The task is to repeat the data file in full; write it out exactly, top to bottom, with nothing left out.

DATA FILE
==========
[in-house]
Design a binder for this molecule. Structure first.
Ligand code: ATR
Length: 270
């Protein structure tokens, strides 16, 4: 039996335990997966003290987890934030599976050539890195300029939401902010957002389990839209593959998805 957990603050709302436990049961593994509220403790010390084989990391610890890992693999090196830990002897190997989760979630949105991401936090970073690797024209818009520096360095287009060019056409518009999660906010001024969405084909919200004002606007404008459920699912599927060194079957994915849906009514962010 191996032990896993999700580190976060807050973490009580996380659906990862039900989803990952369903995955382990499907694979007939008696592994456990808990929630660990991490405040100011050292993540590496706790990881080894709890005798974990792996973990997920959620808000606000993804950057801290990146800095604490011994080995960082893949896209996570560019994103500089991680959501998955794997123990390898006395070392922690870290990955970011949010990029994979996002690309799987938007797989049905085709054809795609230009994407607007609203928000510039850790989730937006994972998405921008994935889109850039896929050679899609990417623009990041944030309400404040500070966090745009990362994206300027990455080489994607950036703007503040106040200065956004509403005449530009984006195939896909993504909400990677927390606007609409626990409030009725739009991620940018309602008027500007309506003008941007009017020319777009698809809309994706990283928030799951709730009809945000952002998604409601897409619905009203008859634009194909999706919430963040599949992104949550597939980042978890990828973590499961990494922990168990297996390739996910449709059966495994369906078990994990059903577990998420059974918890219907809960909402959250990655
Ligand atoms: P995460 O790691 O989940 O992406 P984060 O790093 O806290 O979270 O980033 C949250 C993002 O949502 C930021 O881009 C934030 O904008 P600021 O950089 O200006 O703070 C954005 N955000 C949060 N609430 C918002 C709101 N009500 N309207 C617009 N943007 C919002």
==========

[in-house]
Design a binder for this molecule. Structure first.
Ligand code: ATR
Length: 270
């Protein structure tokens, strides 16, 4: 039996335990997966003290987890934030599976050539890195300029939401902010957002389990839209593959998805 957990603050709302436990049961593994509220403790010390084989990391610890890992693999090196830990002897190997989760979630949105991401936090970073690797024209818009520096360095287009060019056409518009999660906010001024969405084909919200004002606007404008459920699912599927060194079957994915849906009514962010 191996032990896993999700580190976060807050973490009580996380659906990862039900989803990952369903995955382990499907694979007939008696592994456990808990929630660990991490405040100011050292993540590496706790990881080894709890005798974990792996973990997920959620808000606000993804950057801290990146800095604490011994080995960082893949896209996570560019994103500089991680959501998955794997123990390898006395070392922690870290990955970011949010990029994979996002690309799987938007797989049905085709054809795609230009994407607007609203928000510039850790989730937006994972998405921008994935889109850039896929050679899609990417623009990041944030309400404040500070966090745009990362994206300027990455080489994607950036703007503040106040200065956004509403005449530009984006195939896909993504909400990677927390606007609409626990409030009725739009991620940018309602008027500007309506003008941007009017020319777009698809809309994706990283928030799951709730009809945000952002998604409601897409619905009203008859634009194909999706919430963040599949992104949550597939980042978890990828973590499961990494922990168990297996390739996910449709059966495994369906078990994990059903577990998420059974918890219907809960909402959250990655
Ligand atoms: P995460 O790691 O989940 O992406 P984060 O790093 O806290 O979270 O980033 C949250 C993002 O949502 C930021 O881009 C934030 O904008 P600021 O950089 O200006 O703070 C954005 N955000 C949060 N609430 C918002 C709101 N009500 N309207 C617009 N943007 C919002």